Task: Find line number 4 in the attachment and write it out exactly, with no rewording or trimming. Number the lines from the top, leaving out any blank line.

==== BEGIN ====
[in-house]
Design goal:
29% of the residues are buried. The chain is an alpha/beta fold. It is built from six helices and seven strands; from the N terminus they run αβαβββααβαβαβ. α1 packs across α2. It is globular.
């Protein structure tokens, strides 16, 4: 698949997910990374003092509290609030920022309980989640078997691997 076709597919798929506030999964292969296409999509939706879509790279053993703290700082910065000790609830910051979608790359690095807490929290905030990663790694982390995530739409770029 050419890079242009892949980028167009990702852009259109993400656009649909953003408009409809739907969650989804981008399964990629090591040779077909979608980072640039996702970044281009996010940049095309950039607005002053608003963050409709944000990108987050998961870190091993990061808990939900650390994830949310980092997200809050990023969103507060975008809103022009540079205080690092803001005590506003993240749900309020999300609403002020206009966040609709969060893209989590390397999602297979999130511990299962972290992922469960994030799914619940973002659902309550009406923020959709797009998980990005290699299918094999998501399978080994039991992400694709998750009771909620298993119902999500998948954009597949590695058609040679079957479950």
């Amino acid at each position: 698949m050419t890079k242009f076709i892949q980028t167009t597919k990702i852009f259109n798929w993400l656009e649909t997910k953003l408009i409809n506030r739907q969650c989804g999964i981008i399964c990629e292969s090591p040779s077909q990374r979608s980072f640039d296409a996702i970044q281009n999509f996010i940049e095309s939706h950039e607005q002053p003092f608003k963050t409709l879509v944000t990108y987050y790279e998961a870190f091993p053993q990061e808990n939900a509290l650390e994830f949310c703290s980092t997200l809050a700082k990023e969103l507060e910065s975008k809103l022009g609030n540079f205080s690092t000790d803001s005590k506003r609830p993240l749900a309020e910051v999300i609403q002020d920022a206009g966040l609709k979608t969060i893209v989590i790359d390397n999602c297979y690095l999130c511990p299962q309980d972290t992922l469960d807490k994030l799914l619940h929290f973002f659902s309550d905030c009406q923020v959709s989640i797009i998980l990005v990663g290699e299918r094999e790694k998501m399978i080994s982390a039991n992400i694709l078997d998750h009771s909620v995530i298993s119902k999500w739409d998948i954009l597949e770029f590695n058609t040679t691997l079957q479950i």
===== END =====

């Protein structure tokens, strides 16, 4: 698949997910990374003092509290609030920022309980989640078997691997 076709597919798929506030999964292969296409999509939706879509790279053993703290700082910065000790609830910051979608790359690095807490929290905030990663790694982390995530739409770029 050419890079242009892949980028167009990702852009259109993400656009649909953003408009409809739907969650989804981008399964990629090591040779077909979608980072640039996702970044281009996010940049095309950039607005002053608003963050409709944000990108987050998961870190091993990061808990939900650390994830949310980092997200809050990023969103507060975008809103022009540079205080690092803001005590506003993240749900309020999300609403002020206009966040609709969060893209989590390397999602297979999130511990299962972290992922469960994030799914619940973002659902309550009406923020959709797009998980990005290699299918094999998501399978080994039991992400694709998750009771909620298993119902999500998948954009597949590695058609040679079957479950």